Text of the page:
When you re-title assets into a living trust, you are transferring ownership of those assets to the name of the trust. A trusts is one form of legal directive that can provide protection for owners an for beneficiaries. In estate planning, living trusts allow the Trustmaker to use and access trust assets while they are alive and well, provide for their care in the event of disability and ultimately provide lifetime protection for beneficiaries, including pets. However, creating a trust and then transferring real property into the name of the trust can be confusing.
Preparing the deed
Before transferring any real property into the name of a trust, your attorney should prepare a new deed for your review and signature. To ensure this transfer is accomplished properly, consult with a knowledgeable attorney. In Florida, you may use one of the following types of deeds:
- Warranty deed — Warranty deeds are most commonly used for real estate transactions because they warranty there are no liens against the property and that no other party has any claim to the property. Keep in mind that warranty deeds may require a title search and title insurance.
- Quitclaim deed — Quitclaim deeds do not offer any of the protections of a warranty deed. A quitclaim deed is a simple transfer of the ownership interest of the person signing the deed.Generally, they also do not require a title search or title insurance. As such, quitclaim needs are most often used by family members and trusting friends. Quitclaim deeds are also useful for clarifying ownership of property when multiple owners exist.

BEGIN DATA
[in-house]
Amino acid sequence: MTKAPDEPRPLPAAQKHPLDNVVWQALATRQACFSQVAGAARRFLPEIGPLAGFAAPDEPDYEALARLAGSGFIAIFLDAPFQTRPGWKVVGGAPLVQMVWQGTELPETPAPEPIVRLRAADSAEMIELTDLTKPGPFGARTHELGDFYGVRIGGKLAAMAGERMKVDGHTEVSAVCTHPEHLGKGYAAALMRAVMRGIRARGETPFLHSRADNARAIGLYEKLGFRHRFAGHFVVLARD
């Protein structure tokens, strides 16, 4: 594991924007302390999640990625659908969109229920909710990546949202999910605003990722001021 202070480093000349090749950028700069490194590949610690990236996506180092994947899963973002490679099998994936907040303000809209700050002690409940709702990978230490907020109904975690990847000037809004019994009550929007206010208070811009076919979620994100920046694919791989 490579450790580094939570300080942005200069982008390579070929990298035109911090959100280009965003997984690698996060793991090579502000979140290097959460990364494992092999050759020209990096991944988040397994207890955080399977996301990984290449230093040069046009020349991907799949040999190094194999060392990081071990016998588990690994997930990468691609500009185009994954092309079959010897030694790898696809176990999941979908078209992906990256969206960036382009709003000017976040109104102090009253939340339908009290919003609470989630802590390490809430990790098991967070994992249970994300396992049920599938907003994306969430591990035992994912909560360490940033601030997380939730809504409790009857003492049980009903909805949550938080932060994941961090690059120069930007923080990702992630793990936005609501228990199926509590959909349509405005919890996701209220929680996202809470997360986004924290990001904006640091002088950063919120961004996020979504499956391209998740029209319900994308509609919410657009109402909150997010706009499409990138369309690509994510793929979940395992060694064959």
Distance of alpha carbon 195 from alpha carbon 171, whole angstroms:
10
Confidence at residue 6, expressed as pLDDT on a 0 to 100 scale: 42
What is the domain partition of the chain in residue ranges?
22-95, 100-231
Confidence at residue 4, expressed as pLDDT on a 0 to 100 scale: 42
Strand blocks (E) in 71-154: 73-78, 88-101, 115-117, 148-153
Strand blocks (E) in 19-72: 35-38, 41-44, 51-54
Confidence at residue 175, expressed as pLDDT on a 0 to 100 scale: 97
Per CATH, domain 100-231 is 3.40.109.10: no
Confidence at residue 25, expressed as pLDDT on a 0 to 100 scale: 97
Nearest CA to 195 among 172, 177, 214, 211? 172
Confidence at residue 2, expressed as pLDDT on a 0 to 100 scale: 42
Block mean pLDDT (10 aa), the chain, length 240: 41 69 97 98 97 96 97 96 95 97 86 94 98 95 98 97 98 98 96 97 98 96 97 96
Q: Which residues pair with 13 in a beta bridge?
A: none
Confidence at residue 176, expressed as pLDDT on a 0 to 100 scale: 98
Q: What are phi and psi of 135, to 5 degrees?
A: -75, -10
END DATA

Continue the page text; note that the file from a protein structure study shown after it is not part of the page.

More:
Every deed requires exact information including the legal names of the current owners, the legal names of the new owner, and a legal description of the property. Florida deeds must be witnessed by two people and notarized.The deed should then be recorded in the county office that maintains local property records.There may be recording fees, documentary stamp taxes or gift tax reporting requirements for some transfers.
Assuming the responsibilities for new property
Individuals who transfer real estate by deed must pay a fee known as the documentary stamp tax. In all counties except Miami-Dade, the rate is $0.70 per $100 of value received for the property. This fee must be paid to the county clerk’s office or wherever the deed was recorded. If you are transferring property to a living trust, only minimum documentary stamp taxes are due.However, it is always best to speak to an experienced estate planning lawyer as soon as possible.
Contact skilled Central Florida estate planning lawyers
The Law Offices of Hoyt & Bryan delivers top-tier legal guidance for wills, probate, estates, trusts, and elder law. For more information about transferring real property in Central Florida, call (407) 977-8080 today, or contact us online to speak with an experienced estate planning attorney.